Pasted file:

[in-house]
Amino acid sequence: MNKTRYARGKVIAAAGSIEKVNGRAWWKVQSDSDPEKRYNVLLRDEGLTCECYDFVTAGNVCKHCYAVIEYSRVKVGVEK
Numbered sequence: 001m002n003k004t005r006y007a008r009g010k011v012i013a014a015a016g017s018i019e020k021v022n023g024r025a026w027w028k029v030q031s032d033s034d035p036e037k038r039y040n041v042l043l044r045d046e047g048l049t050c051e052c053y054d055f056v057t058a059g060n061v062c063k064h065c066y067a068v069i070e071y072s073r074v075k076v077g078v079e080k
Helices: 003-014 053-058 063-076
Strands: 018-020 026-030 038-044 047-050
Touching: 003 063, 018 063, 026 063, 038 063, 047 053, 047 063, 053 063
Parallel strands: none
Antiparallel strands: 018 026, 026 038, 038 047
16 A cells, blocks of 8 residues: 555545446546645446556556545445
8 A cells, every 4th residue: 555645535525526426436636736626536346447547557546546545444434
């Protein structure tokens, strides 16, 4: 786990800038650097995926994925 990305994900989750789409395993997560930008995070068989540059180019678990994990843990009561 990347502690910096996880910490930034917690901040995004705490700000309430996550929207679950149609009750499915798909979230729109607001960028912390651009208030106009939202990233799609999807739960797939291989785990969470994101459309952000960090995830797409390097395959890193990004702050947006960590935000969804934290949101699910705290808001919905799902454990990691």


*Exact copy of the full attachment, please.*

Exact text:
[in-house]
Amino acid sequence: MNKTRYARGKVIAAAGSIEKVNGRAWWKVQSDSDPEKRYNVLLRDEGLTCECYDFVTAGNVCKHCYAVIEYSRVKVGVEK
Numbered sequence: 001m002n003k004t005r006y007a008r009g010k011v012i013a014a015a016g017s018i019e020k021v022n023g024r025a026w027w028k029v030q031s032d033s034d035p036e037k038r039y040n041v042l043l044r045d046e047g048l049t050c051e052c053y054d055f056v057t058a059g060n061v062c063k064h065c066y067a068v069i070e071y072s073r074v075k076v077g078v079e080k
Helices: 003-014 053-058 063-076
Strands: 018-020 026-030 038-044 047-050
Touching: 003 063, 018 063, 026 063, 038 063, 047 053, 047 063, 053 063
Parallel strands: none
Antiparallel strands: 018 026, 026 038, 038 047
16 A cells, blocks of 8 residues: 555545446546645446556556545445
8 A cells, every 4th residue: 555645535525526426436636736626536346447547557546546545444434
């Protein structure tokens, strides 16, 4: 786990800038650097995926994925 990305994900989750789409395993997560930008995070068989540059180019678990994990843990009561 990347502690910096996880910490930034917690901040995004705490700000309430996550929207679950149609009750499915798909979230729109607001960028912390651009208030106009939202990233799609999807739960797939291989785990969470994101459309952000960090995830797409390097395959890193990004702050947006960590935000969804934290949101699910705290808001919905799902454990990691």